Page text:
Stop 3: Take A Quick Tour Of Waco, Texas
Austin is roughly a three hour drive from Dallas and the mid-way point between Austin and Dallas is Waco.
I actually like Waco. Is that weird? Am I not Texan enough?
“Yes, Anshula,” you chortle. “You’re a unique level of weird.”
Most Texans have this general perception that Waco is a vast expanse of nothing, but in reality, Waco is a thick broth, boiling in big city and spiced with small town.
Visit Magnolia Market, then stroll through some other Fixer Upper locations before heading back onto the road.
Stop 4: Grab All Your Picnic Snacks At Buc-ee’s
“Anshula, are you okay?” you say, patting my shoulder. “I think you’re hyperventilating a little.”
Yeah, I’m fine. I was just rambling about Buc-ee’s because like any good, little Texan, I’m obsessed with this mega convenience store.
Buc-ee’s is a must on any Texas road trip. We stop for gas and a quick restroom break (I would sing praises to the cleanliness of their restrooms but you might think I’m nuts).
In the maze of t-shirts, country furniture, unfairly cute stuffed animals, dog merch, candies, sodas, and foods, we find a bag of Beaver Nuggets to take on the road.
Sugary. Crunchy. Addictive. Beaver Nuggets are the perfect Buc-ee’s treats to nibble on during the last stretch of our Dallas to Austin road trip.
Stop 5: Arrive At Austin & Enjoy The Night
After five long hours on-and-off the road, we’ve finally arrived in Austin. Our small suburban vehicle has now blended in with the other cars trying to find parking along South Congress Avenue.
We’re ready to hit some boutique stores, sip coffee casually in an oh-so Instagrammable cafe, and of course (the part I’m most excited about for tonight), crash in a hotel with a funky, hipster vibe (this is Austin, after all).
Now, if you excuse me, I need to shamelessly find 50 tacos to dine on.
Bonus List Of 3 More Dallas To Austin Road Trip Stops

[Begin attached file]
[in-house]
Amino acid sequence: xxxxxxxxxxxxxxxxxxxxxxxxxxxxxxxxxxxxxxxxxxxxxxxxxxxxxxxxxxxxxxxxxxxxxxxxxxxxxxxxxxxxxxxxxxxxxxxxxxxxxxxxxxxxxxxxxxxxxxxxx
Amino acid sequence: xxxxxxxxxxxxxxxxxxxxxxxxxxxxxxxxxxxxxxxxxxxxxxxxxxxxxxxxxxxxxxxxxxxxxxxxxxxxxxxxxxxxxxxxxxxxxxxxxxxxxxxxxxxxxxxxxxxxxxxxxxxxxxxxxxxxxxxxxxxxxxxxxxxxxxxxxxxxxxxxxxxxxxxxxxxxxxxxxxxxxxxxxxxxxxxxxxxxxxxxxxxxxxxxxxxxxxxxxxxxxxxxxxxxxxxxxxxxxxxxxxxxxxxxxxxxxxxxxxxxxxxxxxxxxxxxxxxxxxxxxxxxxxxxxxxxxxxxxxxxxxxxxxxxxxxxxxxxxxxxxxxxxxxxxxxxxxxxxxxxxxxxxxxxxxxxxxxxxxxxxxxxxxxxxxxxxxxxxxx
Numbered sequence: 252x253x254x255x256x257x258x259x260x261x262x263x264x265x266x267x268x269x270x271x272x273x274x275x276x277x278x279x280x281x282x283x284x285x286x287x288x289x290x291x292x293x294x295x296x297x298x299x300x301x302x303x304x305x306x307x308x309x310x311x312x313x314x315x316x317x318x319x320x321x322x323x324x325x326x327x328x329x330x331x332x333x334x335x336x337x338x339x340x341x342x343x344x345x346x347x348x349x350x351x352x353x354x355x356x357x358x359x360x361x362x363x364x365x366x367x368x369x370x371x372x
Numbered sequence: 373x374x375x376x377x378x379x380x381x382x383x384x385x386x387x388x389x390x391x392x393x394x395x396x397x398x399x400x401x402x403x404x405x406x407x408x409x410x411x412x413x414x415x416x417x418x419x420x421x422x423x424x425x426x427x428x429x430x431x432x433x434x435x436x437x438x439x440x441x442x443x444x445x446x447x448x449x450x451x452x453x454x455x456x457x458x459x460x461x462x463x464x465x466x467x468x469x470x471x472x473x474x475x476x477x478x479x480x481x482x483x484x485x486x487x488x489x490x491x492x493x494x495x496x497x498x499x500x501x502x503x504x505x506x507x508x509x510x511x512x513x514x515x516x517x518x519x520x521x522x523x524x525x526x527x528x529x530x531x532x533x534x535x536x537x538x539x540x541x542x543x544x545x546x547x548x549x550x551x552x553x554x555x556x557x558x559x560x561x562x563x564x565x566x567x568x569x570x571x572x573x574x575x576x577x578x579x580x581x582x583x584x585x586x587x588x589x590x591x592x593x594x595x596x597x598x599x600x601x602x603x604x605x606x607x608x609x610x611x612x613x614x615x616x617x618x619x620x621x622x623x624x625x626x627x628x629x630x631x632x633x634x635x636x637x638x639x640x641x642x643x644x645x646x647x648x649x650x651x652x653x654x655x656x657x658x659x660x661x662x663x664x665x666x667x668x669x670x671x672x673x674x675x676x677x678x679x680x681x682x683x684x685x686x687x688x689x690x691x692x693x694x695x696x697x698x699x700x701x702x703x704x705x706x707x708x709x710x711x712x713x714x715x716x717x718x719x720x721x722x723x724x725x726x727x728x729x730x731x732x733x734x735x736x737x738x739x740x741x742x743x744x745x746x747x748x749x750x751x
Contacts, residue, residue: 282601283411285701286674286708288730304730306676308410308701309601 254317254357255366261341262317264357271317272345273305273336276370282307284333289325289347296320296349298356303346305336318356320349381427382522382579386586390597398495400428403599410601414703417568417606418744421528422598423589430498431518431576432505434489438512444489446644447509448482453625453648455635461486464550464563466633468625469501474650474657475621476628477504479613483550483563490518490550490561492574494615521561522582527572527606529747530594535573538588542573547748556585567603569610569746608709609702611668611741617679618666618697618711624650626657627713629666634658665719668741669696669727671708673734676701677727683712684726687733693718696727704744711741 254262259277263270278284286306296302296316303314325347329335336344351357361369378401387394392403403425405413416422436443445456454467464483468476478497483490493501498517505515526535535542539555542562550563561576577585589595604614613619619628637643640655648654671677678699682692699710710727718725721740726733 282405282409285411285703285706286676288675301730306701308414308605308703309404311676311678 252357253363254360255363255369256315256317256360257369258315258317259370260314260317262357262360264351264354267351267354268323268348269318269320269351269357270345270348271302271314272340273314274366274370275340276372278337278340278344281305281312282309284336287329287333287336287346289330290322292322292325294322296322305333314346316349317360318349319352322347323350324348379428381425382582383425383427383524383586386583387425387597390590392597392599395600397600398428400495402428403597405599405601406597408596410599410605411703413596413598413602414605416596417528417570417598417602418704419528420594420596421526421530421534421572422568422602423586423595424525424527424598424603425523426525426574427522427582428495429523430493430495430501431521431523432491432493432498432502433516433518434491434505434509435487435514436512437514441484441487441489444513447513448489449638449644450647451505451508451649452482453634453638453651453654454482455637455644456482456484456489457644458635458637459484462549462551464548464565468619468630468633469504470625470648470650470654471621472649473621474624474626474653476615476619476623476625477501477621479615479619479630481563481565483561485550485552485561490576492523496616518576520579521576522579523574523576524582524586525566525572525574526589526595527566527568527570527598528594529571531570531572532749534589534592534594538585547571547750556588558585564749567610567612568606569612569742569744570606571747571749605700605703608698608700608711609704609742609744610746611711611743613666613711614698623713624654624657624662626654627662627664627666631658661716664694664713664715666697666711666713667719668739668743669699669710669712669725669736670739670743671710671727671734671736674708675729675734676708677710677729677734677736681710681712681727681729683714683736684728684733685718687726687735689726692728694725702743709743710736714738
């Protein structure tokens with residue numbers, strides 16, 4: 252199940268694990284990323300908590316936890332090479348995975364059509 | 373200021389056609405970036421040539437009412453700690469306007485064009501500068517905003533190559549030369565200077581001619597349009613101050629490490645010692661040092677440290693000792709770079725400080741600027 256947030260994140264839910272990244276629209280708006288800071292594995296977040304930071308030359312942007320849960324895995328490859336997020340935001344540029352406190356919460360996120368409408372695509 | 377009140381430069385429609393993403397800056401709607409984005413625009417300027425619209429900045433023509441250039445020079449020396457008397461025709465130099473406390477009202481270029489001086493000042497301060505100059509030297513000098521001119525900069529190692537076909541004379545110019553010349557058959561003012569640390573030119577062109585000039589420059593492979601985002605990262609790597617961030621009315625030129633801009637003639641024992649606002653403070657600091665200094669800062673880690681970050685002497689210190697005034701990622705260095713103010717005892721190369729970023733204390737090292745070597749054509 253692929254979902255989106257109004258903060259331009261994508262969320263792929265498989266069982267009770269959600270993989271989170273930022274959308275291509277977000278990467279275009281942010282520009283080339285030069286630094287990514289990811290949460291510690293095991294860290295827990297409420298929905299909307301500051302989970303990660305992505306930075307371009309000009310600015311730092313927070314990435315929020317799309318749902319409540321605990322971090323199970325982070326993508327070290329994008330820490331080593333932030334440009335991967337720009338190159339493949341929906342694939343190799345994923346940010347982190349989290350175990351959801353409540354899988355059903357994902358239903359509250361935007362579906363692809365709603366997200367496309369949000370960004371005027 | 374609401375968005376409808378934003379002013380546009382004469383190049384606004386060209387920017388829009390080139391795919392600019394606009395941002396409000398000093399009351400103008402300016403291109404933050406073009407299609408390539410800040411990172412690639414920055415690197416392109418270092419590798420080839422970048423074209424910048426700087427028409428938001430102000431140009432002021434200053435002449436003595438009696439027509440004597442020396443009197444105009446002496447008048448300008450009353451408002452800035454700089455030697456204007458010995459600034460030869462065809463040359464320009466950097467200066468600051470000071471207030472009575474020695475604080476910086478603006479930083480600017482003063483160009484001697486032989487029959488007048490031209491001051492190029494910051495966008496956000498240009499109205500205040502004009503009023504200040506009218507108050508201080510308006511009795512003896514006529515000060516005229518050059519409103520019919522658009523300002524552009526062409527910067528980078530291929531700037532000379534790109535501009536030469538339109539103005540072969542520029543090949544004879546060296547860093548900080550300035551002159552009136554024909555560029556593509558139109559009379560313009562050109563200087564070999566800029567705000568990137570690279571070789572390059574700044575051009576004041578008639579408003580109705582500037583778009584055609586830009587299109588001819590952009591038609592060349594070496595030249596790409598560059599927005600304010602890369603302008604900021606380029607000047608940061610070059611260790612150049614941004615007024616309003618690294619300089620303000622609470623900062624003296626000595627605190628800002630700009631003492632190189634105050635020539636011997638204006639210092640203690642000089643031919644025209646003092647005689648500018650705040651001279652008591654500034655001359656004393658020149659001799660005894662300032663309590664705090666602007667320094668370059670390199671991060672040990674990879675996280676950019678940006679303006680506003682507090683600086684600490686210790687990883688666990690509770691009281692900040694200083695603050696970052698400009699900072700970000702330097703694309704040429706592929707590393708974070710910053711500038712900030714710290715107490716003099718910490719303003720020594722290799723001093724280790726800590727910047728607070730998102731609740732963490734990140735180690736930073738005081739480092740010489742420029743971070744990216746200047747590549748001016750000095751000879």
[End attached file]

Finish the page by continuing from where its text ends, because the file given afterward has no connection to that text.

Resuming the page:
If you want to make your drive last a little longer, here are three more Dallas to Austin road trip stops that I love visiting and re-visiting:
- Glen Rose: A scenic detour, Glen Rose is a small town with a big name. Famous for prehistoric prints, Glen Rose is a must for every Jurassic Park fan willing to go on a Dinosaur Valley State Park hiking adventure. Walk along one of the shorter trails. Sink your toes into the Paluxy River. Then head back out onto the road.
- Little Czech Bakery: Every donut shop in Texas sells kolaches, but West, Texas is home to the legend – Little Czech Bakery. A mom-and-pop shop that is now a tourist destination, the Little Czech Bakery is worth the hype and more. Meat-lovers, grab a few klobasneks to-go. Who doesn’t love warm, sausage-heavy Eastern European pastries?
- Slovacek West: Buc-ee’s with a sprinkle of Czech influence? Yes, please. Slovacek West is a one-stop filler-er-up and foodie paradise. You can never go wrong with their cream cheese kolaches. Seriously. Slovacek draws huge crowds for a reason. Also, if you have a dog (or a just in a mood for some dog-watching – me), there is a dog park. I love that the owners understand that dogs need pit-stops too!
Did you enjoy this post? Have you ever taken a Dallas to Austin road trip? Have you ever been to Dallas or Austin? Let me know in the comments below! As always, I love hearing from you.